Expanding Authority to Prescribe Medications


Published: 05 January 2020

The manufacture, quality, licensing, possession, sale, dispensing, prescribing and administration of drugs is regulated by a number of Federal, State and Territory laws.

The right to prescribe Schedule 4 and Schedule 8 drugs is governed by specific rules within State and Territory legislation and has traditionally been assigned to doctors, vestiary surgeons and dentists.

However, there is an increasing trend for other health practitioners to be authorised to prescribe albeit in limited circumstances to improve client access to healthcare.

Registered Nurses who meet the Nursing and Midwifery Board of Australia (NMBA) standard for Endorsement as a Nurse Practitioners have been authorised to prescribe under s 95 of the National Health Practitioner Regulation National Law in each jurisdiction (The National Law).

3 pills spilled out of a container | Image

The scope of authority for prescribing is governed by state and territory legislation and varies between jurisdictions with respect to the nurse practitioners’ scope and context of practice, formulary’s and protocols and any hospital/health agency prescribing arrangements.

An endorsed nurse practitioner is also eligible to apply to the Pharmaceutical Benefits Scheme for a prescriber number and where granted must comply with the requirements for collaboration as stated in ss 5-7 of the Australian Government National Health (Collaborative arrangements for nurse practitioners) Determination, 201 (NMBA 2016).

The nurse practitioner may enter a collaborative arrangement with a health service team or a medical practitioner.

Registered nurses have also been able to obtain, supply and administer scheduled 2,3,4 and 8 medicines appropriate to their scope of practice in rural and isolated practice area since the 1st of July, 2010.

To be endorsed the RN must satisfactorily complete an approved program of study and must comply with all guidelines around accessing, supplying and administering scheduled medications as published by the NMBA.

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The scope of this authority is defined through the poisons standard under s 52D of the Therapeutic Goods Act 1989 (Cth) as necessary for their practice in their area and as described and under the relevant drug therapy protocols, standing orders or local protocols that are compliant with State and Territory legislation (NMBA 2010).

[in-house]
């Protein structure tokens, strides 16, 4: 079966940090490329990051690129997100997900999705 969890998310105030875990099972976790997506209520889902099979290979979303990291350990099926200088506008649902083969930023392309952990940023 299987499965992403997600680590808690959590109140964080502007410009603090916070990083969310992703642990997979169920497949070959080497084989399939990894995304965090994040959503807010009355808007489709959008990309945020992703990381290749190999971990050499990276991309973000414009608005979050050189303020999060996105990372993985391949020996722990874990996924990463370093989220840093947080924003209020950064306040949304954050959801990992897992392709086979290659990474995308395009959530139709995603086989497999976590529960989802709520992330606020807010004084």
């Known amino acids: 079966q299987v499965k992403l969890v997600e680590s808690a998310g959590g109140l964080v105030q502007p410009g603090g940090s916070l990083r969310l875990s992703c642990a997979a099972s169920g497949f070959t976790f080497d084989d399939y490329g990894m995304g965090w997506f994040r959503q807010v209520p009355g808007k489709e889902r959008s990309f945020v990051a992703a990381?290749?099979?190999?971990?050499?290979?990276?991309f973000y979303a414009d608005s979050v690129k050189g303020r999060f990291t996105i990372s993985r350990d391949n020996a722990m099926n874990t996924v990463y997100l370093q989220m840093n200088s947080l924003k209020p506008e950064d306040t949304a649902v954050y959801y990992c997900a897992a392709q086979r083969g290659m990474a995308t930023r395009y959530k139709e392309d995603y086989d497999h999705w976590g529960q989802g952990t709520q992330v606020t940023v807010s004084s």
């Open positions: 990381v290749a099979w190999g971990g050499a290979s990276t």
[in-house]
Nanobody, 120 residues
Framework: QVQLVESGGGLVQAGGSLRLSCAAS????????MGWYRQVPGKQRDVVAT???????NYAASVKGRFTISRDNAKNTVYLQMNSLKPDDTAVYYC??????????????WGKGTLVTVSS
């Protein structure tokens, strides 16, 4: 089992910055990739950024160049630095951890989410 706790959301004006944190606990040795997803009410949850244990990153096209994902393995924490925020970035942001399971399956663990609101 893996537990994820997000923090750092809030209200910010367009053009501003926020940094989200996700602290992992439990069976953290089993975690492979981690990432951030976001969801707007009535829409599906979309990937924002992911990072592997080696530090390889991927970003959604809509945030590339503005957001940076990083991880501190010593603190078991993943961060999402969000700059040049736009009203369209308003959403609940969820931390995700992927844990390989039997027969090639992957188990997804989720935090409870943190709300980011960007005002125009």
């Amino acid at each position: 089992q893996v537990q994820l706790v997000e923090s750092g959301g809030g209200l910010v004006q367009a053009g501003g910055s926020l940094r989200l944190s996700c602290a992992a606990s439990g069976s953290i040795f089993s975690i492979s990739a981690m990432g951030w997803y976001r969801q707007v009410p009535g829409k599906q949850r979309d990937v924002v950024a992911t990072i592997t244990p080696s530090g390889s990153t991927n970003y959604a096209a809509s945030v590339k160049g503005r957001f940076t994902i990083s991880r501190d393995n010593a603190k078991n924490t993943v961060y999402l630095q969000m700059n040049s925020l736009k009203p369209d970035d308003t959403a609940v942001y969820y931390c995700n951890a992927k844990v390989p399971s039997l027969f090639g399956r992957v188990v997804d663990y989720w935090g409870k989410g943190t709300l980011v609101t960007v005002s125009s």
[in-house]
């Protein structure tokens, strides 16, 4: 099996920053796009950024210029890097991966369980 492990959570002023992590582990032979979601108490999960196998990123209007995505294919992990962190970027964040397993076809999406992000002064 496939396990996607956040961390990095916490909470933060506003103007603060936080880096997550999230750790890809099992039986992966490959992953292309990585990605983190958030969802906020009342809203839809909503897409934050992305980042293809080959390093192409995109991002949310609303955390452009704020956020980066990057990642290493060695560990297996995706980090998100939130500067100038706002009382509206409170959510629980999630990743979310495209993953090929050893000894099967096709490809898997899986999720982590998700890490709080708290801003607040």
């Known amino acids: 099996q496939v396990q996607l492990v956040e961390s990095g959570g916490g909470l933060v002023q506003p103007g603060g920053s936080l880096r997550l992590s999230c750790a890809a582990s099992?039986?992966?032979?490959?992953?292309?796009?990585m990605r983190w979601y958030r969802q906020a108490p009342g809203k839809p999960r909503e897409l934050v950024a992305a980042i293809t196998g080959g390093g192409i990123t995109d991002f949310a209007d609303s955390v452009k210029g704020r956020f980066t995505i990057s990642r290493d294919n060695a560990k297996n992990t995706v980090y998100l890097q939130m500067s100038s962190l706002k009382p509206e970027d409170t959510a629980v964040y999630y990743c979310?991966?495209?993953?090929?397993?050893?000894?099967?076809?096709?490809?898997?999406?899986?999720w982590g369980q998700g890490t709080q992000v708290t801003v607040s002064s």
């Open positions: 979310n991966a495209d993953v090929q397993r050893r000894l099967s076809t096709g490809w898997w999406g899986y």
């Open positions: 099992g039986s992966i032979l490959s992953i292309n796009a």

Similarly, midwives who meet the NMBA registration standard for endorsement for scheduled medicines under s 94 of the National Law in each jurisdiction, have been able to prescribe schedule 2, 3, 4 and 8 medicines since the 30th October 2015.

An eligible midwife applying for endorsement to prescribe scheduled medicines can do so ether across the continuum of care or in a nominated context of practice approved by the NMBA - antenatal, postnatal, ante and post-natal.

The Nursing and Midwifery Board of Australia (NMBA) has developed draft guidelines to develop a new registration standard that will enable employed register nurses (not those in private practice) who have undertaken relevant education to make diagnostic and treatment decisions to prescribe within their scope of practice and level of competence and after a period of supervised practice.

The Endorsement for scheduled medicines standard will enable registered nurses to prescribe in partnership with a medical officer or nurse practitioner in accordance with a clinical governance framework for the quality use of medicines.

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What is Prescribing in Partnership?

A prescribing in partnership model will see a registered nurse endorsed to prescribe scheduled 2,3,4 and 8 medicines in alignment with their competence level and scope of practice.

An endorsed registered nurse would have authority to obtain, possess, prescribe and supply scheduled in partnership with one or more authorised prescribers such as a medical officer or a nurse practitioner (NMBA 2018).

It is anticipated that an endorsed RN would prescribe medicines in line with legislation in their jurisdiction, standards and guidelines produced by the NMBA (including additional 10 hours of CPD in relation to prescribing, recency of practice) and local health provider policies and protocols.



Portrait of Linda Starr
Linda Starr

Dr Linda Starr has undergraduate and postgraduate qualifications in general, mental health nursing, law, education and a PhD in legal issues in elder abuse. Linda has extensive experience as an RN in metropolitan and rural locations, in general nursing, mental health, forensic health, aged care and management. She has held senior positions in academia, including the dean of the School of Nursing and Midwifery. Linda has publications in health law and forensic health issues. Linda is an associate professor in the College of Nursing and Health Sciences at Flinders University and a consultant educator in health law and ethics for nurses, midwives and carers. She is chair of the SA Board of Nursing and Midwifery, fellow of the College of Nursing Australia, foundation president of the Australian Forensic Nurses Association, member on the School of Health Academic Advisory Board for Open Colleges and the international member on the Editorial Board for the Journal of Forensic Nursing. See Educator Profile

Portrait of Ausmed Editorial Team
Ausmed Editorial Team

Ausmed’s Editorial team is committed to providing high-quality and thoroughly researched content to our readers, free of any commercial bias or conflict of interest. All articles are developed in consultation with healthcare professionals and peer reviewed where necessary, undergoing a yearly review to ensure all healthcare information is kept up to date. See Educator Profile